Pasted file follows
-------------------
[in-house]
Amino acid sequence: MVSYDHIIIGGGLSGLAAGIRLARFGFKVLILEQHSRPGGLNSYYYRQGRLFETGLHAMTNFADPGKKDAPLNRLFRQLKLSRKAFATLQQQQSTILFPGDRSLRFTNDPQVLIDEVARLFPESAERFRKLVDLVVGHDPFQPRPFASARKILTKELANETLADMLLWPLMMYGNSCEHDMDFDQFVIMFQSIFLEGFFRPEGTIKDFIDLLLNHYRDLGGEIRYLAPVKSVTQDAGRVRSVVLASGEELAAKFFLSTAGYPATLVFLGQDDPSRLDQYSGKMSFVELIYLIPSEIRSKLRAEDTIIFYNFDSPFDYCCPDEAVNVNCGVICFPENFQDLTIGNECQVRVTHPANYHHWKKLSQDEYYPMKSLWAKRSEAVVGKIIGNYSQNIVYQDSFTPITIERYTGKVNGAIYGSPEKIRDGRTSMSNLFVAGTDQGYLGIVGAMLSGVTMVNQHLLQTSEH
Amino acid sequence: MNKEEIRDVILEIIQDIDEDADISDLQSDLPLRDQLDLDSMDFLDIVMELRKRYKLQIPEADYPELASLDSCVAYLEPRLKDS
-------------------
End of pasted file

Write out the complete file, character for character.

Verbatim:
[in-house]
Amino acid sequence: MVSYDHIIIGGGLSGLAAGIRLARFGFKVLILEQHSRPGGLNSYYYRQGRLFETGLHAMTNFADPGKKDAPLNRLFRQLKLSRKAFATLQQQQSTILFPGDRSLRFTNDPQVLIDEVARLFPESAERFRKLVDLVVGHDPFQPRPFASARKILTKELANETLADMLLWPLMMYGNSCEHDMDFDQFVIMFQSIFLEGFFRPEGTIKDFIDLLLNHYRDLGGEIRYLAPVKSVTQDAGRVRSVVLASGEELAAKFFLSTAGYPATLVFLGQDDPSRLDQYSGKMSFVELIYLIPSEIRSKLRAEDTIIFYNFDSPFDYCCPDEAVNVNCGVICFPENFQDLTIGNECQVRVTHPANYHHWKKLSQDEYYPMKSLWAKRSEAVVGKIIGNYSQNIVYQDSFTPITIERYTGKVNGAIYGSPEKIRDGRTSMSNLFVAGTDQGYLGIVGAMLSGVTMVNQHLLQTSEH
Amino acid sequence: MNKEEIRDVILEIIQDIDEDADISDLQSDLPLRDQLDLDSMDFLDIVMELRKRYKLQIPEADYPELASLDSCVAYLEPRLKDS